Chapel of Ease, St. Helena
Chapel of Ease, St. Helena

Fire, in this case natural, brought an end to this chapel on St. Helena Island, just off Beaufort.

Chapel of Ease, St. Helena
Chapel of Ease, St. Helena, Historical Sign

Historical preservation organizations are fighting a battle against the natural elements and some human interference to preserve these buildings.

Chapel of Ease, St. Helena
Chapel of Ease, St. Helena

The massive live oaks on this property stand like guards over the building but may ultimately contribute to the chapel’s demise.

Chapel of Ease, St. Helena
Chapel of Ease, St. Helena

Williamsburg County Courthouse, SC: Monuments to Change

I took these pictures and wrote this post last summer, but was never satisfied with my text. Tonight, as a curfew has been imposed by our county and there is unrest all around us, it seems appropriate to remember these leaders.

____________

The Williamsburg County Courthouse in Kingstree, SC was built on a Revolutionary War era parade ground. In addition to the courthouse, which was built in 1823, and various war memorials, there are monuments commemorating Justice Thurgood Marshall and Dr. Martin Luther King.

Williamsburg County Courthouse Memorials
Williamsburg County Courthouse Memorials

A civil rights attorney, Thurgood Marshall succeeded in having the US Supreme Court declare segregated public schools unconstitutional in Brown v. Board of Education (1954) and in 1967 became the first black Justice on that Court.

“I did the best I could with what I had.”

Williamsburg County Courthouse Memorial: Justice Thurgood Marshall
Williamsburg County Courthouse Memorial: Justice Thurgood Marshall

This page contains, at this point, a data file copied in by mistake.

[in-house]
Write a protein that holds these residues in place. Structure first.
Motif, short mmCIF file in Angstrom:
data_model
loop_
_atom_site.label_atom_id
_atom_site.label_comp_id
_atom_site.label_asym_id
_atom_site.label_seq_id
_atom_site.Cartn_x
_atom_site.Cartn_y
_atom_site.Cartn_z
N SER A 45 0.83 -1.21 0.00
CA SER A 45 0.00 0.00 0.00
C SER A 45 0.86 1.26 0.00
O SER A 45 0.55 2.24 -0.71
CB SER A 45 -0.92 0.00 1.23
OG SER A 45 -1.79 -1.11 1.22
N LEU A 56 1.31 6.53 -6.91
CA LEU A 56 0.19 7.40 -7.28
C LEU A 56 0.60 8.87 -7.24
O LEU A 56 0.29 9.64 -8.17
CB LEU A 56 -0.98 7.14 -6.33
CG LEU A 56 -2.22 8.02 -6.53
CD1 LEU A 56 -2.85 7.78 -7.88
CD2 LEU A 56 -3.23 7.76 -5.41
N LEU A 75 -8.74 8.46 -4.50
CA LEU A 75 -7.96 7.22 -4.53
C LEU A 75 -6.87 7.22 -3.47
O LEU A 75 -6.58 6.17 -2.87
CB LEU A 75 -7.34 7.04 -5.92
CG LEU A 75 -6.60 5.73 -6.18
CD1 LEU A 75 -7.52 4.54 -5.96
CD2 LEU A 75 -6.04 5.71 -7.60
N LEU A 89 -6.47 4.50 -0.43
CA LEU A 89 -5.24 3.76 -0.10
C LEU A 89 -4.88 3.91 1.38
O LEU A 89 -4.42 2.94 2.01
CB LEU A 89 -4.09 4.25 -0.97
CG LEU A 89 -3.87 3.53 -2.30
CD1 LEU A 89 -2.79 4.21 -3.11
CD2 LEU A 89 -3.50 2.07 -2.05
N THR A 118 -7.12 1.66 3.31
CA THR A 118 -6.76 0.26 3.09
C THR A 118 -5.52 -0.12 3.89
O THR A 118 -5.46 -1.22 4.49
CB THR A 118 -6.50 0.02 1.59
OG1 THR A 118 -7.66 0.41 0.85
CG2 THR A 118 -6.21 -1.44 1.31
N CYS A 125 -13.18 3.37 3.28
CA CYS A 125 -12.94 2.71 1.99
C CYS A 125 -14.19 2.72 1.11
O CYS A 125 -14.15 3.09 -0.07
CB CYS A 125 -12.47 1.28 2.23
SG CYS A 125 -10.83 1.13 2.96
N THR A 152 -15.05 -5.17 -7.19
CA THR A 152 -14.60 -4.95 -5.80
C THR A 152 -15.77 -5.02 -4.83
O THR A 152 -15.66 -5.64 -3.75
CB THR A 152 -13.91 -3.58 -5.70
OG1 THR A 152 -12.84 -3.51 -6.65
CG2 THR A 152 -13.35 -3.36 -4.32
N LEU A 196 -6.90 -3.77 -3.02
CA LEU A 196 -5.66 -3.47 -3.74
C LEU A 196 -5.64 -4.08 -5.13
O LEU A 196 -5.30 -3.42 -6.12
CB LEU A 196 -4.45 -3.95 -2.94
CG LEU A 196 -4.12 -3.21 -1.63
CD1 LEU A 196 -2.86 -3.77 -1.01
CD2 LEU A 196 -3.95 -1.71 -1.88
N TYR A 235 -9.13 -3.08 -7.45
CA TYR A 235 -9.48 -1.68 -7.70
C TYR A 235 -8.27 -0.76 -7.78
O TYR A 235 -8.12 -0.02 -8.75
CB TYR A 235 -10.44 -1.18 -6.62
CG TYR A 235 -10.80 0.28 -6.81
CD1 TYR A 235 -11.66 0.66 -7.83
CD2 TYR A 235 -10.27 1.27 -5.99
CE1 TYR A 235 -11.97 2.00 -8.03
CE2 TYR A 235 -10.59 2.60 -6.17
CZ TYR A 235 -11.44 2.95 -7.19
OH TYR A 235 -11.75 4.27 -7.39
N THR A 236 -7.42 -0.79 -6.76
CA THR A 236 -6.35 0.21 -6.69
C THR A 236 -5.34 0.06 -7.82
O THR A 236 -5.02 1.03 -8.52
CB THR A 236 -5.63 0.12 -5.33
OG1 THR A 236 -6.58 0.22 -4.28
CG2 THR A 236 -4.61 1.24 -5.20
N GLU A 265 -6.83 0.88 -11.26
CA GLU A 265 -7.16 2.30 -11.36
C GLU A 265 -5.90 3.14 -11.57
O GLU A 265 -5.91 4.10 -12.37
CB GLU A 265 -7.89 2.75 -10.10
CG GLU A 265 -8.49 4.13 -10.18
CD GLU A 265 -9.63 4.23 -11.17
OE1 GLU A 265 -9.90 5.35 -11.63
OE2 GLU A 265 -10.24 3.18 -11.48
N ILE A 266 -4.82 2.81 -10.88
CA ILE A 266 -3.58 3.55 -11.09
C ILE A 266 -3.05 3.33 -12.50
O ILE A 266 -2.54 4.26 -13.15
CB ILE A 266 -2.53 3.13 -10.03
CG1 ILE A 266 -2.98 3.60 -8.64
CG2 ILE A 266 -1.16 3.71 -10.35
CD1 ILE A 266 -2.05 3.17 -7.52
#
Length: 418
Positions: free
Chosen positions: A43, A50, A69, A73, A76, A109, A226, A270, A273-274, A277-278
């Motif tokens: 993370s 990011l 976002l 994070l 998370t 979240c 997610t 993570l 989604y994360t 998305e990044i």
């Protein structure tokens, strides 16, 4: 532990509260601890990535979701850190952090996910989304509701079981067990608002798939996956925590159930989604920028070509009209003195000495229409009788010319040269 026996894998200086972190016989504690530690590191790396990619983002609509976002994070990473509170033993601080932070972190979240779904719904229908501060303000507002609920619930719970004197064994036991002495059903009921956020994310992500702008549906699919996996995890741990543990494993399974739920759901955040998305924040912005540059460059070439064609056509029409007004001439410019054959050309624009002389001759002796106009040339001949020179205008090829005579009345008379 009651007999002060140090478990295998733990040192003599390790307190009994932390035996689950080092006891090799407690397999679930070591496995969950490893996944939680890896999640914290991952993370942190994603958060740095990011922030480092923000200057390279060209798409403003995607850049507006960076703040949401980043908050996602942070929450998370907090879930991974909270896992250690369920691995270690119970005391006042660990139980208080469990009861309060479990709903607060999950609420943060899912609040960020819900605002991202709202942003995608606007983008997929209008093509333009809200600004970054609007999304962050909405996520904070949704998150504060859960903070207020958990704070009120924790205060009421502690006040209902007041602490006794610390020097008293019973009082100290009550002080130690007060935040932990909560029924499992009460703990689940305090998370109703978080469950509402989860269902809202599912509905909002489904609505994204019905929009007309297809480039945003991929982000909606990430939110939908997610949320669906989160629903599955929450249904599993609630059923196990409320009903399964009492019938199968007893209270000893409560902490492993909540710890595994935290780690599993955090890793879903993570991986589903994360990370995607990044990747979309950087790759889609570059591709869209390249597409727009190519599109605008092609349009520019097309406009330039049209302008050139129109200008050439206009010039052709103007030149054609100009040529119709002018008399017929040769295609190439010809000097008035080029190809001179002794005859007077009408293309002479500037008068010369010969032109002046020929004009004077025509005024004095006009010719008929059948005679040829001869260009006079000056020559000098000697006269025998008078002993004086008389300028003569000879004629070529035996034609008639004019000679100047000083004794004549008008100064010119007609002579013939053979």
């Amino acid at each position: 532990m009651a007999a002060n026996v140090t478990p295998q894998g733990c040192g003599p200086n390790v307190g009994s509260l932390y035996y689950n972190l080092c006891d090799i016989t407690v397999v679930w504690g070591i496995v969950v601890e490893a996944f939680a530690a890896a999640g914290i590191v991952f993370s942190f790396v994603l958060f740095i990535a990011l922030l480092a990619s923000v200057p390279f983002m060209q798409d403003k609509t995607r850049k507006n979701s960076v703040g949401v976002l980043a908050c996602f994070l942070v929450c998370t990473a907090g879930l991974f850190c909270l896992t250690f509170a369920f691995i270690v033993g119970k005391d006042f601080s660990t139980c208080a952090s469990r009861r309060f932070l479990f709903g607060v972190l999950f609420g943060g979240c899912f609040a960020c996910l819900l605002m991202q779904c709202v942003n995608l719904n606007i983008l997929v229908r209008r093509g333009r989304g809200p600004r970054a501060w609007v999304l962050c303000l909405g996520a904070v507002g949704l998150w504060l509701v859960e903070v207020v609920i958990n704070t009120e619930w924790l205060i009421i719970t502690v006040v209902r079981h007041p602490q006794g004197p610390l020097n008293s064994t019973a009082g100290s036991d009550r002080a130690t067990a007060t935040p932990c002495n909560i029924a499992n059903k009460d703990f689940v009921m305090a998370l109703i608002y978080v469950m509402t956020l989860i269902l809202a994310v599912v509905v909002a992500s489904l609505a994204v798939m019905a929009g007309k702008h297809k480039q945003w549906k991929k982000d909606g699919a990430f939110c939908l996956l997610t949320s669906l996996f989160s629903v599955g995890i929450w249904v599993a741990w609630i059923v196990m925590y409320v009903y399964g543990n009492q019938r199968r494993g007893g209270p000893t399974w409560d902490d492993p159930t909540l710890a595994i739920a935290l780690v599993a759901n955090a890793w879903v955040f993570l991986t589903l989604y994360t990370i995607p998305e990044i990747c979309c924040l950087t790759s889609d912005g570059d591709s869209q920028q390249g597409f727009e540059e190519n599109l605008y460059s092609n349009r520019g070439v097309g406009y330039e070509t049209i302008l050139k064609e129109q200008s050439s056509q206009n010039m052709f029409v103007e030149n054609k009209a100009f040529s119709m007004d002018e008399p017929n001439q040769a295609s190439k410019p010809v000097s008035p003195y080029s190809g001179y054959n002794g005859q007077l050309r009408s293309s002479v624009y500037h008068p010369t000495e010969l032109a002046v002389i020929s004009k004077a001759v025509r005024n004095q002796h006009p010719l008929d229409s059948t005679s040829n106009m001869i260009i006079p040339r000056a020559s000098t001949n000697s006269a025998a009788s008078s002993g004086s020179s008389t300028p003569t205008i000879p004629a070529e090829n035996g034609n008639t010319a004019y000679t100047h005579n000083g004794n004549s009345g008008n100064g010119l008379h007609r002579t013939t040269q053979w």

Dr. Martin Luther King spoke locally on Mother’s Day, 1966, advocating the power of voting.

Williamsburg County Courthouse Memorial: Dr. Martin Luther King
Williamsburg County Courthouse Memorial: Dr. Martin Luther King

“Unless we learn to live together as brothers
Surely we will die apart as fools.”

Magnolia Plantation House, River Side

A few days after I posted Magnolia Plantation Cupola, River Side I was in the same place with a similar sky and a shorter lens on my camera.

Magnolia Plantation House, River Side
Magnolia Plantation House, River Side

Without much contrasting color to break up all that green I processed these images with a vintage photo look.

Magnolia Plantation House, River Side
Magnolia Plantation House, River Side

Magnolia Plantation and Gardens, Charleston, SC

For a view of the other side of the house see my post from November 2019: Magnolia Plantation, the House

Magnolia Plantation Cupola, River Side

At one time a wide lawn leading up to the Ashley River side of Magnolia Plantation would have been the welcome to visitors who had journeyed via boat from Charleston. Now that expanse has narrowed with trees and there is no clear view of the whole house from the river bank.

Magnolia Plantation House Weather Vane
Magnolia Plantation House Weather Vane

I was ready for wildlife photography with my 100-400 MM lens attached, but the impending storm made a cool sky so I took some images between the trees at 100 MM.

Magnolia Plantation House Weather Vane
Magnolia Plantation House Cupola and Weather Vane

If you are zooming in to see the weather vane details you’ll see spots. At first I thought my lens might be dirty but after comparing the images I’m pretty sure those are rain drops.

Magnolia Plantation House Weather Vane
Magnolia Plantation House Cupola and Weather Vane

Magnolia Plantation and Gardens, Charleston, SC

For a view from the other side see my post from November 2019: Magnolia Plantation, the House

Magnolia Plantation, the House

I spotted the metal cupola and wind vane through the branches of one of the huge Live Oaks that line the entrance to the Magnolia Plantation property.

Magnolia Plantation House Weather Vane
Magnolia Plantation House Weather Vane

I backed up and found a spot that framed the house with the tree, which is many hundreds of years old.

Magnolia Plantation House
Magnolia Plantation House

Magnolia Plantation and Gardens, Charleston, SC